Organisation des données, organisation du travail en bibliothèques universitaires à l’heure du Big Data

Auteur/Author : Luc Bellier

Les bibliothèques universitaires sont confrontées à la multiplication des silos de données dont la nature et la structure sont très éloignées de celles du catalogue bibliographique.

Organisées depuis de nombreuses années autour du catalogue et de la chaîne de traitement documentaire, les bibliothèques doivent apprendre à se structurer autour de ces nouvelles données. Ce travail étudie les conséquences organisationnelles, et métier qui peuvent s’observer dans un tel contexte.

URL : Organisation des données, organisation du travail en bibliothèques universitaires à l’heure du Big Data

Alternative location : http://www.enssib.fr/bibliotheque-numerique/notices/67453-organisation-des-donnees-organisation-du-travail-en-bibliotheques-universitaires-a-l-heure-du-big-data

Au-delà des big data : Les sciences sociales et la multiplication des données numériques

Auteurs/Authors : Étienne Ollion, Julien Boelaert

Dans le débat public comme dans le monde académique, l’enthousiasme pour les big data n’a eu d’égal que les critiques que ce phénomène a suscité. « Opportunité empirique inouïe » vs « données pauvres » ; « révolution méthodologique » vs « fascination pour le nombre » ; « révolution scientifique » vs « dégradation du savoir produit » : les positions sont tranchées.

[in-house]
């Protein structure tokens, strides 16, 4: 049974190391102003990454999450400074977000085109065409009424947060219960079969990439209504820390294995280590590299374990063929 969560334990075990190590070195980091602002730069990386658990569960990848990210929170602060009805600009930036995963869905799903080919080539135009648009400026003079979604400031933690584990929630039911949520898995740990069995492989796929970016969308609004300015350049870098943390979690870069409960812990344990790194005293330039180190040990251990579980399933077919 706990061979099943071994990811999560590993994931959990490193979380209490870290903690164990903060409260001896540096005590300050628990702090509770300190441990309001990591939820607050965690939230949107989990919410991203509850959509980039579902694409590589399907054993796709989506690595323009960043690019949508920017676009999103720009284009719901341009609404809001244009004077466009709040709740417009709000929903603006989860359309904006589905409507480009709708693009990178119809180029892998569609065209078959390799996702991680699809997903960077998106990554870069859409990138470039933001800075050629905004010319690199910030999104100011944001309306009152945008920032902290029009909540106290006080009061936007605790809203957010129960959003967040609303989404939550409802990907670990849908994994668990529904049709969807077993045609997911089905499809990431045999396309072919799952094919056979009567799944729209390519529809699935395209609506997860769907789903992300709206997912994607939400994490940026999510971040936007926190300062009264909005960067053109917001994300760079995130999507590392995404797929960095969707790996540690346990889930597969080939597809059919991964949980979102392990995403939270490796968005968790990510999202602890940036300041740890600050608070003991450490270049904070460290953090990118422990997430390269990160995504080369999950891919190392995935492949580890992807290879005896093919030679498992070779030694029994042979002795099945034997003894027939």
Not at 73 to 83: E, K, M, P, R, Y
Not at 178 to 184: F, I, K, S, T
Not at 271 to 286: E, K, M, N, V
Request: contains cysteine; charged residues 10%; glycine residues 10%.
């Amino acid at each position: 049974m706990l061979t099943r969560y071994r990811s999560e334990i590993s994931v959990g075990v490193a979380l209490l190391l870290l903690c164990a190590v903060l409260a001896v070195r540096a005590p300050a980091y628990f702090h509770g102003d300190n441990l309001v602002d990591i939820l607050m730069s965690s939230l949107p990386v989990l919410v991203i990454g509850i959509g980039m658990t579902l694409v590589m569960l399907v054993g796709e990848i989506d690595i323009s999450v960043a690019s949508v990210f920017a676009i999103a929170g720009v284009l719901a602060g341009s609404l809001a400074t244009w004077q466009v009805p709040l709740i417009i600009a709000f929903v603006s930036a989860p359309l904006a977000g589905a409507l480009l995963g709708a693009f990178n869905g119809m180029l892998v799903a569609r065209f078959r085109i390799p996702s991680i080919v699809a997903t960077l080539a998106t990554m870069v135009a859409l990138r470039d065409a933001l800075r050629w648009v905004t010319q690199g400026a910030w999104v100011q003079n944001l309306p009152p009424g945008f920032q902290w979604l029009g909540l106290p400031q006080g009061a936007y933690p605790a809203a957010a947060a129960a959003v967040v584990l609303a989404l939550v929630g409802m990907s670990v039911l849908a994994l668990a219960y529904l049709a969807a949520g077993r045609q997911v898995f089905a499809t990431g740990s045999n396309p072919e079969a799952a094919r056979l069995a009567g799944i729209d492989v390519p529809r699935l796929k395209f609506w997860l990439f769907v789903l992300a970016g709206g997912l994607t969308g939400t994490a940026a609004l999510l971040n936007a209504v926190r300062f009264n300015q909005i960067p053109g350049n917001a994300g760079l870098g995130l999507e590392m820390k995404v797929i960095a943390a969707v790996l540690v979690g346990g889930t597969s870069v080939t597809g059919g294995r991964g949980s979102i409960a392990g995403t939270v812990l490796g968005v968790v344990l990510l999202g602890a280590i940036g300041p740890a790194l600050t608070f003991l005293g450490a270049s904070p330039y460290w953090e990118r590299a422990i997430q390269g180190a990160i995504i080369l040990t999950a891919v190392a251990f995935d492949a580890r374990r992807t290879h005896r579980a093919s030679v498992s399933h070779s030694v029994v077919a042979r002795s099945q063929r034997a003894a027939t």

À partir d’une lecture de ces débats et des travaux en sciences sociales souvent regroupés sous ce label, l’article soutient que cette situation polarisée a de fortes chances de perdurer tant que la discussion s’organise autour du concept mal défini de big data. Il propose de distinguer différents types de données souvent regroupées sous ce terme.

Il montre ce faisant que les big data souvent évoquées ne sont qu’un aspect limité d’une transformation bien plus importante : la disponibilité croissante et massive de données numériques, qui pose des questions nouvelles à nos disciplines.

Quatre aspects sont plus particulièrement explorés : les réorganisations disciplinaires, les transformations des méthodes quantitatives, l’accès et la gestion des données, les objets des sciences sociales et leur rapport à la théorie.

URL : https://sociologie.revues.org/2613

Big data challenges for the social sciences: from society and opinion to replications

Author : Dominique Boullier

Big Data dealing with the social produce predictive correlations for the benefit of brands and web platforms. Beyond « society » and « opinion » for which the text lays out a genealogy, appear the « traces » that must be theorized as « replications » by the social sciences in order to reap the benefits of the uncertain status of entities’ widespread traceability.

High frequency replications as a collective phenomenon did exist before the digital networks emergence but now they leave traces that can be computed. The third generation of Social Sciences currently emerging must assume the specific nature of the world of data created by digital networks, without reducing them to the categories of the sciences of « society » or « opinion ».

Examples from recent works on Twitter and other digital corpora show how the search for structural effects or market-style trade-offs are prevalent even though insights about propagation, virality and memetics could help build a new theoretical framework.

URL : http://arxiv.org/abs/1607.05034

New Horizons for a Data-Driven Economy : A Roadmap for Usage and Exploitation of Big Data in Europe

Editors : José María Cavanillas, Edward Curry, Wolfgang Wahlster